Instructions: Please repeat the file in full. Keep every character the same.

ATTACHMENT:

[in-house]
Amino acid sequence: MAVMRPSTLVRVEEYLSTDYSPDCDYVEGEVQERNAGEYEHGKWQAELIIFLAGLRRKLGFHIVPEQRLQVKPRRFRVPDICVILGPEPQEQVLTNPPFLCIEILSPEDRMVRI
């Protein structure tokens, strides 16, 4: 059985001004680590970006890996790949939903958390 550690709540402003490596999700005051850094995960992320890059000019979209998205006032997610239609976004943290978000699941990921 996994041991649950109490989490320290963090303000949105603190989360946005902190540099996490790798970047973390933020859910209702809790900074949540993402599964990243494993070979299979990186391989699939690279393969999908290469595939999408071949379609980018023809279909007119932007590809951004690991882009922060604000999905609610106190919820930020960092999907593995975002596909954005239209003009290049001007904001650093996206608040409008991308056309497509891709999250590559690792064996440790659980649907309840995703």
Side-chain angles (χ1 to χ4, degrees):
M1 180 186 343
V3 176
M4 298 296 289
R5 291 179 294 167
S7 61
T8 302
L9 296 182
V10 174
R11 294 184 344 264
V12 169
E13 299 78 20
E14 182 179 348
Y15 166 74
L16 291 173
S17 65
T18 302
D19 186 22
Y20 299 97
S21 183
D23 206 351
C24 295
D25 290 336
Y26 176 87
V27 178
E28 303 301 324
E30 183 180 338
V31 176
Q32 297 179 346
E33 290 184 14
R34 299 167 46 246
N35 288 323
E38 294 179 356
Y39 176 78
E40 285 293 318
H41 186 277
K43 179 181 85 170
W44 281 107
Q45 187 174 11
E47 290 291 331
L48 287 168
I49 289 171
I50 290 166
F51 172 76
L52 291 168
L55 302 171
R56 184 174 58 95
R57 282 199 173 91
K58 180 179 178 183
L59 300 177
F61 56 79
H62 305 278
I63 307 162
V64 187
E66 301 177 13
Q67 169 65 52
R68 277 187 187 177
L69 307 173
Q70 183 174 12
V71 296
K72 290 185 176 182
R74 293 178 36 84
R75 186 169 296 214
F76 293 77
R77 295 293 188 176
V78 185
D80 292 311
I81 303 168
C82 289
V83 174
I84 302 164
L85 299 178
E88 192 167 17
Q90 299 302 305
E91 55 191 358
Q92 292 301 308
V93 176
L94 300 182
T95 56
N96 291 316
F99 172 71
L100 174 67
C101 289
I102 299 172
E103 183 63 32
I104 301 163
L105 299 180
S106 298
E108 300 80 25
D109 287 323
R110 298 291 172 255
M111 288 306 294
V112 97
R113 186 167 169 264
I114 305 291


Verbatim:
[in-house]
Amino acid sequence: MAVMRPSTLVRVEEYLSTDYSPDCDYVEGEVQERNAGEYEHGKWQAELIIFLAGLRRKLGFHIVPEQRLQVKPRRFRVPDICVILGPEPQEQVLTNPPFLCIEILSPEDRMVRI
């Protein structure tokens, strides 16, 4: 059985001004680590970006890996790949939903958390 550690709540402003490596999700005051850094995960992320890059000019979209998205006032997610239609976004943290978000699941990921 996994041991649950109490989490320290963090303000949105603190989360946005902190540099996490790798970047973390933020859910209702809790900074949540993402599964990243494993070979299979990186391989699939690279393969999908290469595939999408071949379609980018023809279909007119932007590809951004690991882009922060604000999905609610106190919820930020960092999907593995975002596909954005239209003009290049001007904001650093996206608040409008991308056309497509891709999250590559690792064996440790659980649907309840995703």
Side-chain angles (χ1 to χ4, degrees):
M1 180 186 343
V3 176
M4 298 296 289
R5 291 179 294 167
S7 61
T8 302
L9 296 182
V10 174
R11 294 184 344 264
V12 169
E13 299 78 20
E14 182 179 348
Y15 166 74
L16 291 173
S17 65
T18 302
D19 186 22
Y20 299 97
S21 183
D23 206 351
C24 295
D25 290 336
Y26 176 87
V27 178
E28 303 301 324
E30 183 180 338
V31 176
Q32 297 179 346
E33 290 184 14
R34 299 167 46 246
N35 288 323
E38 294 179 356
Y39 176 78
E40 285 293 318
H41 186 277
K43 179 181 85 170
W44 281 107
Q45 187 174 11
E47 290 291 331
L48 287 168
I49 289 171
I50 290 166
F51 172 76
L52 291 168
L55 302 171
R56 184 174 58 95
R57 282 199 173 91
K58 180 179 178 183
L59 300 177
F61 56 79
H62 305 278
I63 307 162
V64 187
E66 301 177 13
Q67 169 65 52
R68 277 187 187 177
L69 307 173
Q70 183 174 12
V71 296
K72 290 185 176 182
R74 293 178 36 84
R75 186 169 296 214
F76 293 77
R77 295 293 188 176
V78 185
D80 292 311
I81 303 168
C82 289
V83 174
I84 302 164
L85 299 178
E88 192 167 17
Q90 299 302 305
E91 55 191 358
Q92 292 301 308
V93 176
L94 300 182
T95 56
N96 291 316
F99 172 71
L100 174 67
C101 289
I102 299 172
E103 183 63 32
I104 301 163
L105 299 180
S106 298
E108 300 80 25
D109 287 323
R110 298 291 172 255
M111 288 306 294
V112 97
R113 186 167 169 264
I114 305 291